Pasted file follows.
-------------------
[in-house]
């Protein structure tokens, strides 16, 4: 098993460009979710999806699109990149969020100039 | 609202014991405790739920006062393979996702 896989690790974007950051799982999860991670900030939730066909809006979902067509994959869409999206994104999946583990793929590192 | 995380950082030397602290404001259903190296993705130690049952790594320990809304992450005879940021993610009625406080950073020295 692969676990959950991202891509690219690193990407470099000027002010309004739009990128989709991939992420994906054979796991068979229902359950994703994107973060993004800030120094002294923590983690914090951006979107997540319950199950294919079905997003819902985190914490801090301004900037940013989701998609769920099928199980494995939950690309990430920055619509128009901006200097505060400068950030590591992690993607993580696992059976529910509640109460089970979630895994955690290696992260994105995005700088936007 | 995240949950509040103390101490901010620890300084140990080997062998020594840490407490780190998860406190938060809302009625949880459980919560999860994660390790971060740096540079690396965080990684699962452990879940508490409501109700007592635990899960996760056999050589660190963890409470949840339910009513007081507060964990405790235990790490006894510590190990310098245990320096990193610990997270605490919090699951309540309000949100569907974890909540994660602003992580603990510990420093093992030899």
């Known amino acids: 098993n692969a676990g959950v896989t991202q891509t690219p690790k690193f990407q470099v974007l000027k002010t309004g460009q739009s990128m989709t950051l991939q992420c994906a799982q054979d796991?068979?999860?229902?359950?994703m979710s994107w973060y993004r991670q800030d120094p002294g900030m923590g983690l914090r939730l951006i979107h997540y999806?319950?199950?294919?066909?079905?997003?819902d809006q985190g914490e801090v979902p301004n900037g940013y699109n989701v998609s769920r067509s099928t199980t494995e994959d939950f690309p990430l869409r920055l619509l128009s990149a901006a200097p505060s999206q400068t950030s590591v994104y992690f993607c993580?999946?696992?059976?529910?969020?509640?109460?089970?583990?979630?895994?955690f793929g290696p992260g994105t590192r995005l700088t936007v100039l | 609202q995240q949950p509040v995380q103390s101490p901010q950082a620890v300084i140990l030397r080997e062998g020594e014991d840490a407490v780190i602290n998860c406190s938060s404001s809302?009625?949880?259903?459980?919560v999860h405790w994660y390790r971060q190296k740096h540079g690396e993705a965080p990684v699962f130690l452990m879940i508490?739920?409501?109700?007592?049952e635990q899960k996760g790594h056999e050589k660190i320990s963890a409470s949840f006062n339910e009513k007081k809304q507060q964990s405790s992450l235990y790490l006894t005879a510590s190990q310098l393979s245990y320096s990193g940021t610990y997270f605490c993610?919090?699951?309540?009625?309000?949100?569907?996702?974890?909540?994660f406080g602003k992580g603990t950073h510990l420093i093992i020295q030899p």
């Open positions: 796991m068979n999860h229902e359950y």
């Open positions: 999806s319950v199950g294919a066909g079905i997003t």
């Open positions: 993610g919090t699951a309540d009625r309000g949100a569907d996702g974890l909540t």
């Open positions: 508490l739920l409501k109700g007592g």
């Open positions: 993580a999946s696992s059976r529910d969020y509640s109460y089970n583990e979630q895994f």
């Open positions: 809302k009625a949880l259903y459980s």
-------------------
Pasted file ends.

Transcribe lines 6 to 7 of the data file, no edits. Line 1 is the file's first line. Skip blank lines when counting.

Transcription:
């Open positions: 993610g919090t699951a309540d009625r309000g949100a569907d996702g974890l909540t």
């Open positions: 508490l739920l409501k109700g007592g």